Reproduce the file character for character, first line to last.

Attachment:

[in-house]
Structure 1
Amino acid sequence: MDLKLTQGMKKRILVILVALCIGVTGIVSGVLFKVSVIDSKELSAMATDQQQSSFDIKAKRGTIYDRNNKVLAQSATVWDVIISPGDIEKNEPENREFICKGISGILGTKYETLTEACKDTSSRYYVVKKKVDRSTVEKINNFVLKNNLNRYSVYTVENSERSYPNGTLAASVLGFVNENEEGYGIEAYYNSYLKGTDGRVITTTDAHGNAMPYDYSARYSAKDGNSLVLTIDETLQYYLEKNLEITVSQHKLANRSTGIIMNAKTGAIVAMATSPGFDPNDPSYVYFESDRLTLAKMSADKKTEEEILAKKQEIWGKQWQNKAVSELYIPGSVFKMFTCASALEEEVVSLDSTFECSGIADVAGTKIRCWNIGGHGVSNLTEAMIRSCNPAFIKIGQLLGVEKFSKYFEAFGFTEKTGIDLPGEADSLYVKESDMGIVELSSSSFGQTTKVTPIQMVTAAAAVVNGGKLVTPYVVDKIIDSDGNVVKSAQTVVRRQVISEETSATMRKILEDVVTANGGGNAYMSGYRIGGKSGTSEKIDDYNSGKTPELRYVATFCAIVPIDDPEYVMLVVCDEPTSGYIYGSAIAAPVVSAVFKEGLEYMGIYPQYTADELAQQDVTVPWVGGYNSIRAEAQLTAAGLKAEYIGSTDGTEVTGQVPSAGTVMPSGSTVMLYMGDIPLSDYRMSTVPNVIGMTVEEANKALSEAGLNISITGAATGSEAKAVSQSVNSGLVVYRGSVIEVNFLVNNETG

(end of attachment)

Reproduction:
[in-house]
Structure 1
Amino acid sequence: MDLKLTQGMKKRILVILVALCIGVTGIVSGVLFKVSVIDSKELSAMATDQQQSSFDIKAKRGTIYDRNNKVLAQSATVWDVIISPGDIEKNEPENREFICKGISGILGTKYETLTEACKDTSSRYYVVKKKVDRSTVEKINNFVLKNNLNRYSVYTVENSERSYPNGTLAASVLGFVNENEEGYGIEAYYNSYLKGTDGRVITTTDAHGNAMPYDYSARYSAKDGNSLVLTIDETLQYYLEKNLEITVSQHKLANRSTGIIMNAKTGAIVAMATSPGFDPNDPSYVYFESDRLTLAKMSADKKTEEEILAKKQEIWGKQWQNKAVSELYIPGSVFKMFTCASALEEEVVSLDSTFECSGIADVAGTKIRCWNIGGHGVSNLTEAMIRSCNPAFIKIGQLLGVEKFSKYFEAFGFTEKTGIDLPGEADSLYVKESDMGIVELSSSSFGQTTKVTPIQMVTAAAAVVNGGKLVTPYVVDKIIDSDGNVVKSAQTVVRRQVISEETSATMRKILEDVVTANGGGNAYMSGYRIGGKSGTSEKIDDYNSGKTPELRYVATFCAIVPIDDPEYVMLVVCDEPTSGYIYGSAIAAPVVSAVFKEGLEYMGIYPQYTADELAQQDVTVPWVGGYNSIRAEAQLTAAGLKAEYIGSTDGTEVTGQVPSAGTVMPSGSTVMLYMGDIPLSDYRMSTVPNVIGMTVEEANKALSEAGLNISITGAATGSEAKAVSQSVNSGLVVYRGSVIEVNFLVNNETG